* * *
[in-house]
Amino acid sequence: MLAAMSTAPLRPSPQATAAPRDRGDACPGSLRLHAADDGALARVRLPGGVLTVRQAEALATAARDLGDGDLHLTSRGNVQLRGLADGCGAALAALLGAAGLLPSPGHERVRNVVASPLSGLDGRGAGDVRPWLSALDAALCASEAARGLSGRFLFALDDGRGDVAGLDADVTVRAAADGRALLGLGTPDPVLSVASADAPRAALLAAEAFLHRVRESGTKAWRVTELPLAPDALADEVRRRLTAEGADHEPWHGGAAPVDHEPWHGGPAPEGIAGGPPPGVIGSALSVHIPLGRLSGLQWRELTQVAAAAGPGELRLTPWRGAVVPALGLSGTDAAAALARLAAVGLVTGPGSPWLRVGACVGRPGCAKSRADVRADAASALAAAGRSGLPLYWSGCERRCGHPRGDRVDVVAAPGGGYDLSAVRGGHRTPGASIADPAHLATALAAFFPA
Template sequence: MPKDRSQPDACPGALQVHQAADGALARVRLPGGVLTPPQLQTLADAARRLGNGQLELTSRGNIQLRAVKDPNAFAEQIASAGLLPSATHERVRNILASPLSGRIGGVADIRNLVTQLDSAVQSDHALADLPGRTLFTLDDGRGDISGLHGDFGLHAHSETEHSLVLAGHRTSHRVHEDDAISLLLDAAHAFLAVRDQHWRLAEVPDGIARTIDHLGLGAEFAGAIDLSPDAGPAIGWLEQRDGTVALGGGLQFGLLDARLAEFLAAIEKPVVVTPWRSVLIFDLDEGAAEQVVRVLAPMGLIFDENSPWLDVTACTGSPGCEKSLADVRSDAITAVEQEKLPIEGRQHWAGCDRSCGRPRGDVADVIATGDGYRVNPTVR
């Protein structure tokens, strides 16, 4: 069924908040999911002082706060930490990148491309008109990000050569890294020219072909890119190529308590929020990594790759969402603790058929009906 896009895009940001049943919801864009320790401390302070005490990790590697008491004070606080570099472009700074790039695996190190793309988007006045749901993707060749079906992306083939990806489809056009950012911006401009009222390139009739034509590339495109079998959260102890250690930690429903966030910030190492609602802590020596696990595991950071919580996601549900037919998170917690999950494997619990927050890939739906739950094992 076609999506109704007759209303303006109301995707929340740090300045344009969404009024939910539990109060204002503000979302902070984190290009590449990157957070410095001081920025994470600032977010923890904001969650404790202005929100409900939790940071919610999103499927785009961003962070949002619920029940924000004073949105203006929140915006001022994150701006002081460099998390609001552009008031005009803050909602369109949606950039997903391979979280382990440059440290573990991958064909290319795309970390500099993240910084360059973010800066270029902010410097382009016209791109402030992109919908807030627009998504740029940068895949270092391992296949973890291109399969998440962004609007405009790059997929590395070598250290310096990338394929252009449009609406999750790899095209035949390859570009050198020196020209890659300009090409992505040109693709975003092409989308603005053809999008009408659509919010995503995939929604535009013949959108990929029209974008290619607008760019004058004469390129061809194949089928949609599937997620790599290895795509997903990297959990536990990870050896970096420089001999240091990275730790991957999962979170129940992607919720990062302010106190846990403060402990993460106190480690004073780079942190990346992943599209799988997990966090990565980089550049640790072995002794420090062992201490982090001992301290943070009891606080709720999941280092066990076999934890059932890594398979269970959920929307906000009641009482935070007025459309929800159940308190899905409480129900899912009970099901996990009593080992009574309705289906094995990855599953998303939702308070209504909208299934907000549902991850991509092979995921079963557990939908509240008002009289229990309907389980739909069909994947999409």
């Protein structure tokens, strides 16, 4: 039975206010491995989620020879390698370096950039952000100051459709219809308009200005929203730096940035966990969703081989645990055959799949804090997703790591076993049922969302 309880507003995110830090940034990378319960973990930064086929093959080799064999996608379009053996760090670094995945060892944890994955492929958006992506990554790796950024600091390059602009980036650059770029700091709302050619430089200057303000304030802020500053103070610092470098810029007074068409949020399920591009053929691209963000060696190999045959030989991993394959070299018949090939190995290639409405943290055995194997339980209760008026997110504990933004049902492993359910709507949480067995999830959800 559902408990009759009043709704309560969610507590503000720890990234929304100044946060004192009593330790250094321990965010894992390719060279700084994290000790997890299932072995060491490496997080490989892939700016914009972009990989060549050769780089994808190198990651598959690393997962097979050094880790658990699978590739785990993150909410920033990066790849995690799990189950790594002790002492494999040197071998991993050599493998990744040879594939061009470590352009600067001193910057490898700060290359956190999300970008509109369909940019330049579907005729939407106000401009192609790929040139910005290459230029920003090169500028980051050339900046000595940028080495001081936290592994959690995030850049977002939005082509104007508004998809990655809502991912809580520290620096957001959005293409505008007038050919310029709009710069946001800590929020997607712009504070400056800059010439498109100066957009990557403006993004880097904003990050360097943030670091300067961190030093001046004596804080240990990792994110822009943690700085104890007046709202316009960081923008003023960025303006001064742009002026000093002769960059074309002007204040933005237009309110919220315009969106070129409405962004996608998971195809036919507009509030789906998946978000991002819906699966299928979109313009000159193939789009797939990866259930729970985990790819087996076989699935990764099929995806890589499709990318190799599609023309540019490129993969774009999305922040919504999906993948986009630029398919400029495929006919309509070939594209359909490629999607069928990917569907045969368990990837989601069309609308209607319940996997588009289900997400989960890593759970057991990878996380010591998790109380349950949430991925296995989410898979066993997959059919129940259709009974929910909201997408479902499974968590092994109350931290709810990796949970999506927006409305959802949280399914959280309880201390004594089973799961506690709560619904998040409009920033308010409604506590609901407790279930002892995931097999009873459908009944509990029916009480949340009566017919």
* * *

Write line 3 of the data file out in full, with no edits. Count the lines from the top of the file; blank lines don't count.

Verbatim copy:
Template sequence: MPKDRSQPDACPGALQVHQAADGALARVRLPGGVLTPPQLQTLADAARRLGNGQLELTSRGNIQLRAVKDPNAFAEQIASAGLLPSATHERVRNILASPLSGRIGGVADIRNLVTQLDSAVQSDHALADLPGRTLFTLDDGRGDISGLHGDFGLHAHSETEHSLVLAGHRTSHRVHEDDAISLLLDAAHAFLAVRDQHWRLAEVPDGIARTIDHLGLGAEFAGAIDLSPDAGPAIGWLEQRDGTVALGGGLQFGLLDARLAEFLAAIEKPVVVTPWRSVLIFDLDEGAAEQVVRVLAPMGLIFDENSPWLDVTACTGSPGCEKSLADVRSDAITAVEQEKLPIEGRQHWAGCDRSCGRPRGDVADVIATGDGYRVNPTVR